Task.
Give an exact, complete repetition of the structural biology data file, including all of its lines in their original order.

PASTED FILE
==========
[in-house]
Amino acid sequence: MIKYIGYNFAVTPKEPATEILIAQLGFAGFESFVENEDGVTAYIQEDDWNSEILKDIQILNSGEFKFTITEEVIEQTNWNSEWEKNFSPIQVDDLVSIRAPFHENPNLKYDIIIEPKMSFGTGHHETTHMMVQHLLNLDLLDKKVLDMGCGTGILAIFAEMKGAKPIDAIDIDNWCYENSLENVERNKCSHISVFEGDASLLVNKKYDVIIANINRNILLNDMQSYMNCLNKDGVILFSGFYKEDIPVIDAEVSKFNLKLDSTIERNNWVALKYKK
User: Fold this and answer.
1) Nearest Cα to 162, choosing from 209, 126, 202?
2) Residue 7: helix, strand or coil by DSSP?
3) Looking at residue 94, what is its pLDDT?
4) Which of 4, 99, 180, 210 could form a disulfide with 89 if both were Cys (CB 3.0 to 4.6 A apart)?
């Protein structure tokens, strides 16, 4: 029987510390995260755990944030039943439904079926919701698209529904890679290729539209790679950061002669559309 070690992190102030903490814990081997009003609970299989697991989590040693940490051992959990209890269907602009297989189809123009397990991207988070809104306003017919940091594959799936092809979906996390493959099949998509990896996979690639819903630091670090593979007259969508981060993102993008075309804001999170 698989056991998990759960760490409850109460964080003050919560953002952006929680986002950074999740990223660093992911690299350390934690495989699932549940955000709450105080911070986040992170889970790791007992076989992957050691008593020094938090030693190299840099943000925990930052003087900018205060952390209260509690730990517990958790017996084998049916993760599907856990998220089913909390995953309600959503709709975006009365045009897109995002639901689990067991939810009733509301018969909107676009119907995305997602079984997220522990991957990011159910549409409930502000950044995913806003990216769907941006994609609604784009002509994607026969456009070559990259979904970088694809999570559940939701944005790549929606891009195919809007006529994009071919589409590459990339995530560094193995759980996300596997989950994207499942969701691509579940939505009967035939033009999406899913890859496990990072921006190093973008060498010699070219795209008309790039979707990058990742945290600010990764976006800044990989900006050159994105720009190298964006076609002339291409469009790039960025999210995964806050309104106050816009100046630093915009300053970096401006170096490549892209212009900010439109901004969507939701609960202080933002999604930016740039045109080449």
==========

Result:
[in-house]
Amino acid sequence: MIKYIGYNFAVTPKEPATEILIAQLGFAGFESFVENEDGVTAYIQEDDWNSEILKDIQILNSGEFKFTITEEVIEQTNWNSEWEKNFSPIQVDDLVSIRAPFHENPNLKYDIIIEPKMSFGTGHHETTHMMVQHLLNLDLLDKKVLDMGCGTGILAIFAEMKGAKPIDAIDIDNWCYENSLENVERNKCSHISVFEGDASLLVNKKYDVIIANINRNILLNDMQSYMNCLNKDGVILFSGFYKEDIPVIDAEVSKFNLKLDSTIERNNWVALKYKK
User: Fold this and answer.
1) Nearest Cα to 162, choosing from 209, 126, 202?
2) Residue 7: helix, strand or coil by DSSP?
3) Looking at residue 94, what is its pLDDT?
4) Which of 4, 99, 180, 210 could form a disulfide with 89 if both were Cys (CB 3.0 to 4.6 A apart)?
């Protein structure tokens, strides 16, 4: 029987510390995260755990944030039943439904079926919701698209529904890679290729539209790679950061002669559309 070690992190102030903490814990081997009003609970299989697991989590040693940490051992959990209890269907602009297989189809123009397990991207988070809104306003017919940091594959799936092809979906996390493959099949998509990896996979690639819903630091670090593979007259969508981060993102993008075309804001999170 698989056991998990759960760490409850109460964080003050919560953002952006929680986002950074999740990223660093992911690299350390934690495989699932549940955000709450105080911070986040992170889970790791007992076989992957050691008593020094938090030693190299840099943000925990930052003087900018205060952390209260509690730990517990958790017996084998049916993760599907856990998220089913909390995953309600959503709709975006009365045009897109995002639901689990067991939810009733509301018969909107676009119907995305997602079984997220522990991957990011159910549409409930502000950044995913806003990216769907941006994609609604784009002509994607026969456009070559990259979904970088694809999570559940939701944005790549929606891009195919809007006529994009071919589409590459990339995530560094193995759980996300596997989950994207499942969701691509579940939505009967035939033009999406899913890859496990990072921006190093973008060498010699070219795209008309790039979707990058990742945290600010990764976006800044990989900006050159994105720009190298964006076609002339291409469009790039960025999210995964806050309104106050816009100046630093915009300053970096401006170096490549892209212009900010439109901004969507939701609960202080933002999604930016740039045109080449």